indistinguishability. interface between art and natural science science
INDISTINGUISHABILITY AS EXHIBITION PRACTICE
The relationship between art at the edge of biomedical research and experimental exhibition practices was explored in the long term collaboration between biomedical professionals of the Charite, Berlin, post-graduate students of the University of the Arts, Berlin, and of Pratt Institute, New York, as well as independently working artists affiliated with various institutions, such as the Bauhaus-Universität, Weimar. A multiplicity of different forms of collaborations, exhibitions, discussions, publications and sometimes - unexpected forms of artistic and scientific research continue to emerge from these collaborations. The project titled MISSING LINK began as an interdisciplinary artistic research project initiated by Prof. Dr. Cornelius Frömmel from the Charite and Wolfgang Knapp from the UdK in 2005, and developed into an interdisciplinary and collaborative study group with an exhibition practice, such as at the Berlin Museum of Medical History, (which houses a permanent exhibition of human specimen, originally collected and presented to the public by Rudolf Virchow for educational purposes). I developed the contact that lead to the exhibition at the Shafler Gallery, Pratt Institute, New York, where it included work by Pratt Institute students, and later we, Nicole Degenhardt, Käthe Wenzel, and myself, Lisa Glauer, initiated and produced a conference funded by the Goethe Institute, in Budapest, with an interdisciplinary exhibition running parallel at the 2B Gallery, Budapest.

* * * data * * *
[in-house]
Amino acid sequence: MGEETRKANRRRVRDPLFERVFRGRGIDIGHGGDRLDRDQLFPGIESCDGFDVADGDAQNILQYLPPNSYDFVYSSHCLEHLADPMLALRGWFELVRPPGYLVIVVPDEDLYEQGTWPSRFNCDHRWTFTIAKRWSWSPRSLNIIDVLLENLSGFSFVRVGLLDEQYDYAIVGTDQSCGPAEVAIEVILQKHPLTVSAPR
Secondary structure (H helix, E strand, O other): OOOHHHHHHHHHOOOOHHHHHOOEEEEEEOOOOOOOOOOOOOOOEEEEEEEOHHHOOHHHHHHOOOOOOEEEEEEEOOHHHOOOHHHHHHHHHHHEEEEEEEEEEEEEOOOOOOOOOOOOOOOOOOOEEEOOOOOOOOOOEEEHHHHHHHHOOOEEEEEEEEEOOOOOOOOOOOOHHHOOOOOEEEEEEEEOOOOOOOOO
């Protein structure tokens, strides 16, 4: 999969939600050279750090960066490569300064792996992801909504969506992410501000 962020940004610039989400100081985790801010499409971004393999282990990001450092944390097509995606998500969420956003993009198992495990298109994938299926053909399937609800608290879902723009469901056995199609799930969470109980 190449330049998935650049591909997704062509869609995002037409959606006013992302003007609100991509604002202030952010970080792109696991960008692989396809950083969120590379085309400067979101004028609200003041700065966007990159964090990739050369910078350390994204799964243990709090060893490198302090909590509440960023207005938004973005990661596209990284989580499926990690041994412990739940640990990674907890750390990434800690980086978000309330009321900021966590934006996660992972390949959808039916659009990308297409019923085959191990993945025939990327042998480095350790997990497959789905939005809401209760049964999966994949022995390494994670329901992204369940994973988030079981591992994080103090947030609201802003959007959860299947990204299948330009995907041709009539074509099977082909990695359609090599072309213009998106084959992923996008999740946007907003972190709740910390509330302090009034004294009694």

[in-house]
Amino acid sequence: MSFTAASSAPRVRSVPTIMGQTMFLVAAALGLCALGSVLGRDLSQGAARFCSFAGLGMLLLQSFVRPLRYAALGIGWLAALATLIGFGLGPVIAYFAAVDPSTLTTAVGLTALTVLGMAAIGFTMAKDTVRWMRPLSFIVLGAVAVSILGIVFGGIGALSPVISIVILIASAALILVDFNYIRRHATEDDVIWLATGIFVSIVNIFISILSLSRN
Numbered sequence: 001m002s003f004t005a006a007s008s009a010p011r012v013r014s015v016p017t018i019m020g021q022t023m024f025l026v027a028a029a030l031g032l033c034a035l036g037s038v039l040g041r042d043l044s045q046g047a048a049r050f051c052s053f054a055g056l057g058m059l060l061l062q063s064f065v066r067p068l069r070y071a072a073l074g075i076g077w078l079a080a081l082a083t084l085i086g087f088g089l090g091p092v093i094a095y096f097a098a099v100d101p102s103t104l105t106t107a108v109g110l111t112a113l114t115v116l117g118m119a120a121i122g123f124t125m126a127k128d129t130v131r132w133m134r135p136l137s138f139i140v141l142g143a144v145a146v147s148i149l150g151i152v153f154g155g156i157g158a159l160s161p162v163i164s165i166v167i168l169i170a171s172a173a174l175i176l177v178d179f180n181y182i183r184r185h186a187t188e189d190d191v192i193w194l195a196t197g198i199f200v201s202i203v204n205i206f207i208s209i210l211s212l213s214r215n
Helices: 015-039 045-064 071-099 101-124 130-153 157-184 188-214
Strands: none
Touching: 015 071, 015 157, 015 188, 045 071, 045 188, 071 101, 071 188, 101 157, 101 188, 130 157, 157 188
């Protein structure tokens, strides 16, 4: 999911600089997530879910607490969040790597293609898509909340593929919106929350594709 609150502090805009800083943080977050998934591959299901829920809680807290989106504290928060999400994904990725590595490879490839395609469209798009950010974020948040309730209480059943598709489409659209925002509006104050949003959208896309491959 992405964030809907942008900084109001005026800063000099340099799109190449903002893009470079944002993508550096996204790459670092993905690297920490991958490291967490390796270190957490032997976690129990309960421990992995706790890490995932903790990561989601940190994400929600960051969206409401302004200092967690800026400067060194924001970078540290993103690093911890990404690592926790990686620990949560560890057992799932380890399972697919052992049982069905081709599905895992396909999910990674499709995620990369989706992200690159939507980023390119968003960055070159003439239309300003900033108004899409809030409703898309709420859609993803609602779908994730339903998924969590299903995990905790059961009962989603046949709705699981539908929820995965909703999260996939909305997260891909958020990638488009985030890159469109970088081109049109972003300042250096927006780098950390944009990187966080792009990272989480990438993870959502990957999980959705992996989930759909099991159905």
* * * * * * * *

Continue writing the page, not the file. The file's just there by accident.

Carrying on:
Missing Link – public understanding of science and art. A Publication in English and German (pdf. attached) was produced in connection with the exhibition that took place in the Museum of Medical History in Berlin and at the Shafler Gallery at Pratt Institute, New York.
From top right, selected artists participating in Oszillogrammes at 2B Gallery Budapest and Goethe Institute, Budapest: Suzanne Anker, Ingo Bechmann, Rajkamal Kahlon, Frank Schäpel, Käthe Wenzel, Navena Widulin
From Indistinguishability as Exhibition Strategy to Atmospheres of Engineering and Art
The terms “abject” (Kristeva) or “atmosphere” (Böhme) as located between object and subject, as well as materiality and concept on the one hand and the relative purity of the art context on the other, together provided a conceptual framework for reflections on the relationship between objectivity and subjectivity in relation to several interdisciplinary projects.